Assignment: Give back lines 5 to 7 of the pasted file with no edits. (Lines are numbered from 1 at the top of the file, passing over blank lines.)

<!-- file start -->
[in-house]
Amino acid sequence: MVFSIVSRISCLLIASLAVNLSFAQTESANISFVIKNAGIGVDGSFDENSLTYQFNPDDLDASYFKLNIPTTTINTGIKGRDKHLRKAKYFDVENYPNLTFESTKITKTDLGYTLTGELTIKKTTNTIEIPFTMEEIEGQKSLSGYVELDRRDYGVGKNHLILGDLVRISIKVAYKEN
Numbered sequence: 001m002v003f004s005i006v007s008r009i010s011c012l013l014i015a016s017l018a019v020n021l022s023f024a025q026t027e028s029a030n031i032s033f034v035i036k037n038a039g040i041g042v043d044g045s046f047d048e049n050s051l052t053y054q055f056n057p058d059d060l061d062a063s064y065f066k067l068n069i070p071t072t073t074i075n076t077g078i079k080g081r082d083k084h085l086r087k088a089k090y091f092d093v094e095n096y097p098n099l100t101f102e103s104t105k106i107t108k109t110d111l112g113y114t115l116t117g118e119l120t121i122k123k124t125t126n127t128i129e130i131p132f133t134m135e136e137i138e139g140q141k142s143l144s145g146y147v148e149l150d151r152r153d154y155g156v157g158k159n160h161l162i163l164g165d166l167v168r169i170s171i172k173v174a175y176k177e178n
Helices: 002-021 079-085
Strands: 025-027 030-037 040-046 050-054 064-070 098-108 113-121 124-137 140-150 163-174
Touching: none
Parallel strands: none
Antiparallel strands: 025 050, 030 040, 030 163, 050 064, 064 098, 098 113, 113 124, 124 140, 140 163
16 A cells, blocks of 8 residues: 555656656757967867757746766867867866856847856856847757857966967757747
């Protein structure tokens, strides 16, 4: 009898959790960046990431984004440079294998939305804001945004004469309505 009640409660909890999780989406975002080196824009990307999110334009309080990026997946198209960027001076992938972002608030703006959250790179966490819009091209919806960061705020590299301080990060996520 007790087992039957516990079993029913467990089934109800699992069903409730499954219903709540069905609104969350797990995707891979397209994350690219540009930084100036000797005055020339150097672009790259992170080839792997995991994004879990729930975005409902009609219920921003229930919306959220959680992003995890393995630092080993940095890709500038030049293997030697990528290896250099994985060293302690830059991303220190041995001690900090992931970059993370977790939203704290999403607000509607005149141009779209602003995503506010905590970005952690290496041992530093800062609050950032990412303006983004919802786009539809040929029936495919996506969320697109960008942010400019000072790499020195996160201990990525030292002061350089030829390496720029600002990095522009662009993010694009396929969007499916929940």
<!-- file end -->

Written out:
Strands: 025-027 030-037 040-046 050-054 064-070 098-108 113-121 124-137 140-150 163-174
Touching: none
Parallel strands: none